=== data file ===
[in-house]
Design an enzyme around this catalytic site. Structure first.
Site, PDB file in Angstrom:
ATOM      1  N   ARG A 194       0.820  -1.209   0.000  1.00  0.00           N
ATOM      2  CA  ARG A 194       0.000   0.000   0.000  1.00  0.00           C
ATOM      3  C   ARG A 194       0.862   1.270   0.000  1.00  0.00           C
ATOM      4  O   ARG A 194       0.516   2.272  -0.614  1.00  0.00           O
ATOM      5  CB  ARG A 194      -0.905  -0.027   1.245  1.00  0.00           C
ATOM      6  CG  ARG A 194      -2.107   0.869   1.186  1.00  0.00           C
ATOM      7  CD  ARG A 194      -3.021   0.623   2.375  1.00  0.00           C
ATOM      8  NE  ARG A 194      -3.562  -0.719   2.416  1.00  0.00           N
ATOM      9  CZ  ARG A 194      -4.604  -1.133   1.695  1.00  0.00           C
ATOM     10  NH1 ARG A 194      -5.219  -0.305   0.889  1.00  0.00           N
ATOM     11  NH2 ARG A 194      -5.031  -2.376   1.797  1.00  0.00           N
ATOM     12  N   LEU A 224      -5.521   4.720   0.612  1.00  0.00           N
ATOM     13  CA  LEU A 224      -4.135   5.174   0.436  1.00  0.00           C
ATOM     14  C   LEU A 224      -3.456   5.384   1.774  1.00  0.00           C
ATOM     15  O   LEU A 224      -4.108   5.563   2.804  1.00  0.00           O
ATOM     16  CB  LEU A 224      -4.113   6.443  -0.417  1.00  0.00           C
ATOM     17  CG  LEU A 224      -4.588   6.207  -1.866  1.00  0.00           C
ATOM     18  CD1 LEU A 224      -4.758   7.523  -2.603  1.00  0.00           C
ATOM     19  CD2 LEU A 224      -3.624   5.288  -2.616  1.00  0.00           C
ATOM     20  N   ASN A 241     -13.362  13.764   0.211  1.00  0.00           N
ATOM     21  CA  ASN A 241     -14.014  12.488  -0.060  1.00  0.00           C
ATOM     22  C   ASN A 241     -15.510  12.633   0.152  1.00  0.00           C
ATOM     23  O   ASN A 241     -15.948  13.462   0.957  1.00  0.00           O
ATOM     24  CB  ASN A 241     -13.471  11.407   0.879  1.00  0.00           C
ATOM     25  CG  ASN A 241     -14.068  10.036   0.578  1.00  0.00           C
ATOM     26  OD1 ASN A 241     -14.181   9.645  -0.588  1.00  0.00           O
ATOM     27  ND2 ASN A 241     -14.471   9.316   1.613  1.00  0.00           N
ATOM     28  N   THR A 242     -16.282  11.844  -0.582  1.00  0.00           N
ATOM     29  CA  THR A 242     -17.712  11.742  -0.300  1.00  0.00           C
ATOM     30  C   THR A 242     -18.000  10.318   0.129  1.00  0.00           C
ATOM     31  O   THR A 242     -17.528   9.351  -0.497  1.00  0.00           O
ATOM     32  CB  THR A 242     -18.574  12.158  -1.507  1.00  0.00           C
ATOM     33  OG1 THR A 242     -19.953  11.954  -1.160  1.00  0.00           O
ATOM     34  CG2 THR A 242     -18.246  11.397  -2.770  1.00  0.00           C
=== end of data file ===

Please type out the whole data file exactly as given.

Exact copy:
[in-house]
Design an enzyme around this catalytic site. Structure first.
Site, PDB file in Angstrom:
ATOM      1  N   ARG A 194       0.820  -1.209   0.000  1.00  0.00           N
ATOM      2  CA  ARG A 194       0.000   0.000   0.000  1.00  0.00           C
ATOM      3  C   ARG A 194       0.862   1.270   0.000  1.00  0.00           C
ATOM      4  O   ARG A 194       0.516   2.272  -0.614  1.00  0.00           O
ATOM      5  CB  ARG A 194      -0.905  -0.027   1.245  1.00  0.00           C
ATOM      6  CG  ARG A 194      -2.107   0.869   1.186  1.00  0.00           C
ATOM      7  CD  ARG A 194      -3.021   0.623   2.375  1.00  0.00           C
ATOM      8  NE  ARG A 194      -3.562  -0.719   2.416  1.00  0.00           N
ATOM      9  CZ  ARG A 194      -4.604  -1.133   1.695  1.00  0.00           C
ATOM     10  NH1 ARG A 194      -5.219  -0.305   0.889  1.00  0.00           N
ATOM     11  NH2 ARG A 194      -5.031  -2.376   1.797  1.00  0.00           N
ATOM     12  N   LEU A 224      -5.521   4.720   0.612  1.00  0.00           N
ATOM     13  CA  LEU A 224      -4.135   5.174   0.436  1.00  0.00           C
ATOM     14  C   LEU A 224      -3.456   5.384   1.774  1.00  0.00           C
ATOM     15  O   LEU A 224      -4.108   5.563   2.804  1.00  0.00           O
ATOM     16  CB  LEU A 224      -4.113   6.443  -0.417  1.00  0.00           C
ATOM     17  CG  LEU A 224      -4.588   6.207  -1.866  1.00  0.00           C
ATOM     18  CD1 LEU A 224      -4.758   7.523  -2.603  1.00  0.00           C
ATOM     19  CD2 LEU A 224      -3.624   5.288  -2.616  1.00  0.00           C
ATOM     20  N   ASN A 241     -13.362  13.764   0.211  1.00  0.00           N
ATOM     21  CA  ASN A 241     -14.014  12.488  -0.060  1.00  0.00           C
ATOM     22  C   ASN A 241     -15.510  12.633   0.152  1.00  0.00           C
ATOM     23  O   ASN A 241     -15.948  13.462   0.957  1.00  0.00           O
ATOM     24  CB  ASN A 241     -13.471  11.407   0.879  1.00  0.00           C
ATOM     25  CG  ASN A 241     -14.068  10.036   0.578  1.00  0.00           C
ATOM     26  OD1 ASN A 241     -14.181   9.645  -0.588  1.00  0.00           O
ATOM     27  ND2 ASN A 241     -14.471   9.316   1.613  1.00  0.00           N
ATOM     28  N   THR A 242     -16.282  11.844  -0.582  1.00  0.00           N
ATOM     29  CA  THR A 242     -17.712  11.742  -0.300  1.00  0.00           C
ATOM     30  C   THR A 242     -18.000  10.318   0.129  1.00  0.00           C
ATOM     31  O   THR A 242     -17.528   9.351  -0.497  1.00  0.00           O
ATOM     32  CB  THR A 242     -18.574  12.158  -1.507  1.00  0.00           C
ATOM     33  OG1 THR A 242     -19.953  11.954  -1.160  1.00  0.00           O
ATOM     34  CG2 THR A 242     -18.246  11.397  -2.770  1.00  0.00           C